For the world's wealthiest nations, including the United States, the rollout of COVID-19 vaccine has been rocky, to say the least. And as a result, much of the developing world will have to wait even longer for their turn. Part of the challenge, World Bank President David Malpass says, is that "advanced economies have reserved a lot of the vaccine doses." Malpass sat down with Ian Bremmer recently to talk about what his organization is doing to try to keep millions around the world from slipping deeper into poverty during the pandemic. Their conversation was part of the latest episode of GZERO World.
As the world's richest nations struggle with vaccine rollout, a more daunting question looms: When will the world's poorest nations get the COVID-19 vaccine? Of course, some vaccines have already reached the developing world, but World Bank President David Malpass says it may not be until the second half of 2021, or even well into 2022, that distribution becomes widespread. His conversation with Ian Bremmer is part of an upcoming episode of GZERO World, airing on public television nationwide beginning this Friday, January 15th. Check local listings.
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COVID-19 vaccine nationalism has overshadowed an ambitious cross-border initiative to fight a virus that knows no borders: the COVAX Facility, which aims to ensure that no country gets left behind in the vaccine race. As some developed nations have already started rolling out vaccines, citizens of other countries — especially billions throughout the developing world — wonder when it'll be their turn to roll up their sleeves. The answer depends largely on the long-term fate of COVAX, which in turn rests on resolving three major issues.
What We're Watching: Australia-China row escalates, COVAX falling behind, Mexico's crackdown on "foreign agents"
Australia takes China to the WTO: Amid a deepening diplomatic and trade dispute with China, Australia has upped the ante by taking its case to the World Trade Organization to probe what it calls China's "discriminatory [trade] actions." The complaint relates to Beijing's decision to slap an 80 percent tariff on Australian barley, which has been pummeling Australian growers and producers. (China accuses Australia of "dumping" barley at a discounted rate; Australia says that's nonsense.) Australian Prime Minister Scott Morrison has sparred with Beijing over a range of issues, such as human rights, national security, and telecommunications. But what irked the Chinese the most was when Australia led the charge in calling for a global investigation into China's handling of the pandemic earlier this year, which prompted Beijing to slap tariffs on a host of Australian goods including wine, beef, barley, and coal that threaten about $20 billion worth of Australian exports. While the WTO filing is mostly symbolic, and the dispute could take years to adjudicate, the move is a significant escalation — and a risky one for Australia, which relies on China for 30 percent of its annual exports.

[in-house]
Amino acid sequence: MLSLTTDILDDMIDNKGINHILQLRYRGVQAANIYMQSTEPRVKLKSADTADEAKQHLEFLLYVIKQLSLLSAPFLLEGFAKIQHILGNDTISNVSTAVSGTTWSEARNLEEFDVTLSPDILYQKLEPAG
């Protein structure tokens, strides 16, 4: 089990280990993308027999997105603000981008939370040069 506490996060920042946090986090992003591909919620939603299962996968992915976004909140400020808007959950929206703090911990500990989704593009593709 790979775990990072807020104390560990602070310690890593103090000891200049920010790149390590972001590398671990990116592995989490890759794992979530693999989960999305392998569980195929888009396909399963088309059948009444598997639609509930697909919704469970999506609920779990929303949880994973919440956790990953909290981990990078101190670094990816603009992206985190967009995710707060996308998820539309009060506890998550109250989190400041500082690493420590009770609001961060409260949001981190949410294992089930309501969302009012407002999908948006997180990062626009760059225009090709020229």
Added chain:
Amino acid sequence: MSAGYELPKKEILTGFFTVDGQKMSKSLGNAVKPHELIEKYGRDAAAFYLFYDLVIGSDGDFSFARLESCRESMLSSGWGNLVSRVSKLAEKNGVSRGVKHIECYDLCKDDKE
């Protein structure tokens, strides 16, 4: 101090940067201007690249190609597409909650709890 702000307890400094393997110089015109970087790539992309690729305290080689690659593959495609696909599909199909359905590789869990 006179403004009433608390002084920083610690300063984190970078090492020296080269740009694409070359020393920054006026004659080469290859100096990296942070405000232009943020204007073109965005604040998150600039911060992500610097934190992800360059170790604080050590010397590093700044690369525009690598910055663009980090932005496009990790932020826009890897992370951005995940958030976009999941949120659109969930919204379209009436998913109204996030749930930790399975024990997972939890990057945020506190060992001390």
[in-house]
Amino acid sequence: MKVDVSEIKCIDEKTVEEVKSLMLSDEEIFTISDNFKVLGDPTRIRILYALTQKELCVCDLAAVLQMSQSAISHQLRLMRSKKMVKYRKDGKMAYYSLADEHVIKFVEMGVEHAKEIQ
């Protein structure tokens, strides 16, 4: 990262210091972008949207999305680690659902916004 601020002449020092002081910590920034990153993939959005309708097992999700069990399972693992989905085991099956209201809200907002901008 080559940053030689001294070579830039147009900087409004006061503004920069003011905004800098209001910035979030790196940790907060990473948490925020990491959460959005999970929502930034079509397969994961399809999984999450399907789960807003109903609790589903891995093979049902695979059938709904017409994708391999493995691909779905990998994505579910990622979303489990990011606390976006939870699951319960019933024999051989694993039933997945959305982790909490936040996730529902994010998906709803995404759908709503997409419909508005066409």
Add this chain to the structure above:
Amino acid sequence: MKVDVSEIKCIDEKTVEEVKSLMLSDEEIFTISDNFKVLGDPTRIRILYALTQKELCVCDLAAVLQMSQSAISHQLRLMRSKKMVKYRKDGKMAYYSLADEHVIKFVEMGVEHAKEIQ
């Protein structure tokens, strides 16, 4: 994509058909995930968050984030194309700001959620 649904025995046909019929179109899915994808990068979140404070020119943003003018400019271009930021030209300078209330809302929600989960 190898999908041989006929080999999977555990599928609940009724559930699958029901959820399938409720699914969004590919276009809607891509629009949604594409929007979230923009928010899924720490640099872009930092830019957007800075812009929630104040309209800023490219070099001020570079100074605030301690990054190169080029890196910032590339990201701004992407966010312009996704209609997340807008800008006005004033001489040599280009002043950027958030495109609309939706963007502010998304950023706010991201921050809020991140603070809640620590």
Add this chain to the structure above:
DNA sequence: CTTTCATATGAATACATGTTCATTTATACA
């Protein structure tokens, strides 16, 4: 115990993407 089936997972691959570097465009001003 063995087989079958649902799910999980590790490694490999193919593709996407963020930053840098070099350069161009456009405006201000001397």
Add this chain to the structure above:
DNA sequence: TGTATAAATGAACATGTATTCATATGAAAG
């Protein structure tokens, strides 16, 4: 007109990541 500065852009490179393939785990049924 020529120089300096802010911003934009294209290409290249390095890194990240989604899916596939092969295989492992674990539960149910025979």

We are now about to enter year two of the coronavirus pandemic, a saga that's been lingering far longer than many people first anticipated. As we near this grim milestone, it's worth reflecting on how the once-in-a-generation public health crisis is currently unfolding.
State of play. In many parts of the world, the situation is dire. Countries in the Americas and Europe, are dealing with raging second (or third) waves of infection that are dwarfing the numbers seen this past spring and summer.